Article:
Go to navigation Go to content
Toll-Free: 855-997-2367
Phone: 540-904-1458
Shenandoah Podiatry
Toll Free: 855-997-2367
Roanoke: 540-904-1458

Freiberg’s Infraction

Comments (0)

Freiberg’s Infraction is a condition that affects the lesser metatarsal heads. The most common affected location is the second metatarsal followed by the 3rd 4th then 5th. This condition is also known as AVN (avascular necrosis). Freiberg’s Infraction causes a loss of blood supply to the metatarsal head. The condition occurs at the metaphysis of the bone where the nutrient artery of the bone supplies the distal metatarsal. This results in a collapse of the metatarsal head. The condition is more common in females and usually occurs between ages 10-18 and can occur in adulthood.


Smillie’s classification (1967)

Stage 1: Subtle fracture line through the epiphysis.
Radiographic changes at this stage may be subtle.

Stage 2: Central depression of the articular surface.

Stage 3: Central depression leads to medial and lateral projections at the margins. Plantar hinge remains intact.

Stage 4: Central portion frees from the intact plantar hinge, forming a loose body. Fractures of the medial and lateral projections are present.

Stage 5: Flattening of the metatarsal head with secondary degenerative changes.

Contributing Factors:

Freiberg disease in adolescents is thought to be due to growth disturbances of the epiphysis or apophysis.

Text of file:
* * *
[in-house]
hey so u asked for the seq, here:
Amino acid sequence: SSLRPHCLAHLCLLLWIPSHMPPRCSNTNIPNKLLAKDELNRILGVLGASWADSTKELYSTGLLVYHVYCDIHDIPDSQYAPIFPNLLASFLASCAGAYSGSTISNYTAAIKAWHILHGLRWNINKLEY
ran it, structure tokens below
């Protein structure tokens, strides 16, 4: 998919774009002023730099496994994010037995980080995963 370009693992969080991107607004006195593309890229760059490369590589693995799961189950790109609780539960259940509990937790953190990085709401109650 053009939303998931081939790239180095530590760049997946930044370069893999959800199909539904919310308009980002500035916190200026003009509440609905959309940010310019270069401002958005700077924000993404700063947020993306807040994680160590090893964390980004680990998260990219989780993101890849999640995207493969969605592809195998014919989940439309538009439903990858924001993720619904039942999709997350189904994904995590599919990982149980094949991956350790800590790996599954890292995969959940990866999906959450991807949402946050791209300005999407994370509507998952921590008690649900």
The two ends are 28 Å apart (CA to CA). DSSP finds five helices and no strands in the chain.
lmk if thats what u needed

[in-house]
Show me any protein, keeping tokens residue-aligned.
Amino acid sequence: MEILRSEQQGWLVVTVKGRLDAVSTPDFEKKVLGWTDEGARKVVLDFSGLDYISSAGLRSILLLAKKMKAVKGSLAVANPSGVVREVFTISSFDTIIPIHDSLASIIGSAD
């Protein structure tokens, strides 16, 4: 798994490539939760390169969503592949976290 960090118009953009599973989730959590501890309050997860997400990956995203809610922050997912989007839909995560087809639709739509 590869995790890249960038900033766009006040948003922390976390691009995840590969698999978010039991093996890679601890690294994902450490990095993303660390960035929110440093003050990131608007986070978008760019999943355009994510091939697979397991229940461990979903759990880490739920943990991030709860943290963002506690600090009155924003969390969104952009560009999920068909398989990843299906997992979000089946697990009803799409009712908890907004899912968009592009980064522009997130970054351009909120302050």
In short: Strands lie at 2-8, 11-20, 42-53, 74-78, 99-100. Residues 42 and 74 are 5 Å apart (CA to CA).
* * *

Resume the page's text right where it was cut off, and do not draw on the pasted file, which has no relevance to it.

• Vascular insult- an injury of the blood supply to the metatarsal head
  • Traumatic insult- a single acute injury or multiple repetitive injuries


  • Local pain and Tenderness that usually increases with activity
  • Stiffness
  • Limping

Differential Diagnoses


Non Surgical:

  • Stiff Soled shoe or Post Op Shoe
  • Non weight-bearing cast
  • Short leg walking cast or CAM boot
  • Rest /Activity modification
  • Steroid injection

Shoe Modifications:

  • Metatarsal pads
  • Rigid shanks
  • Rocker bottom

Surgical Treatment:

  • Simple debridement


  • Dorsal closing wedge osteotomies- reorients the plantar intact cartilage to articulate with the proximal phalanx.
  • Shortening osteotomies- metatarsal overloading of the is reduced


  • Total joint arthroplasty- Utilizing an implant
Dr. Jennifer Keller
Connect with me
Owner of Shenandoah Podiatry, servicing all of your foot and ankle needs.
Be the first to comment!

Post a Comment

To reply to this message, enter your reply in the box labeled "Message", hit "Post Message."


Email:* (will not be published)


Notify me of follow-up comments via email.